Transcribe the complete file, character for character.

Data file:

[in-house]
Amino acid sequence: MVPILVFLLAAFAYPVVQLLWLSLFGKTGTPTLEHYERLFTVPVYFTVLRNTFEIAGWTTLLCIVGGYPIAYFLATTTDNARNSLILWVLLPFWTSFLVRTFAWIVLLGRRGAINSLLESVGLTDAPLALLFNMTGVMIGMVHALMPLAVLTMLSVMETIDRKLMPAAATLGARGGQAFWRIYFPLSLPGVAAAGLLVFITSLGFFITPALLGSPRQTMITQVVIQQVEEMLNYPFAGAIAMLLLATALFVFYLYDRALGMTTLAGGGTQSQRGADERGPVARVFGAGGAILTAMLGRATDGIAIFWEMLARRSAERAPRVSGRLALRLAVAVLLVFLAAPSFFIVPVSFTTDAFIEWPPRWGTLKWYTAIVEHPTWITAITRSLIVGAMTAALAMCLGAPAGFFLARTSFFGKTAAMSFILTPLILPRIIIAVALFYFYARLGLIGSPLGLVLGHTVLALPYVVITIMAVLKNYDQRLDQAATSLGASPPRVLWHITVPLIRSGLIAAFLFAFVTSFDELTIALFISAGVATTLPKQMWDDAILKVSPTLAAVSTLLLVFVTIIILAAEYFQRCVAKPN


[in-house]
Amino acid sequence: MVPILVFLLAAFAYPVVQLLWLSLFGKTGTPTLEHYERLFTVPVYFTVLRNTFEIAGWTTLLCIVGGYPIAYFLATTTDNARNSLILWVLLPFWTSFLVRTFAWIVLLGRRGAINSLLESVGLTDAPLALLFNMTGVMIGMVHALMPLAVLTMLSVMETIDRKLMPAAATLGARGGQAFWRIYFPLSLPGVAAAGLLVFITSLGFFITPALLGSPRQTMITQVVIQQVEEMLNYPFAGAIAMLLLATALFVFYLYDRALGMTTLAGGGTQSQRGADERGPVARVFGAGGAILTAMLGRATDGIAIFWEMLARRSAERAPRVSGRLALRLAVAVLLVFLAAPSFFIVPVSFTTDAFIEWPPRWGTLKWYTAIVEHPTWITAITRSLIVGAMTAALAMCLGAPAGFFLARTSFFGKTAAMSFILTPLILPRIIIAVALFYFYARLGLIGSPLGLVLGHTVLALPYVVITIMAVLKNYDQRLDQAATSLGASPPRVLWHITVPLIRSGLIAAFLFAFVTSFDELTIALFISAGVATTLPKQMWDDAILKVSPTLAAVSTLLLVFVTIIILAAEYFQRCVAKPN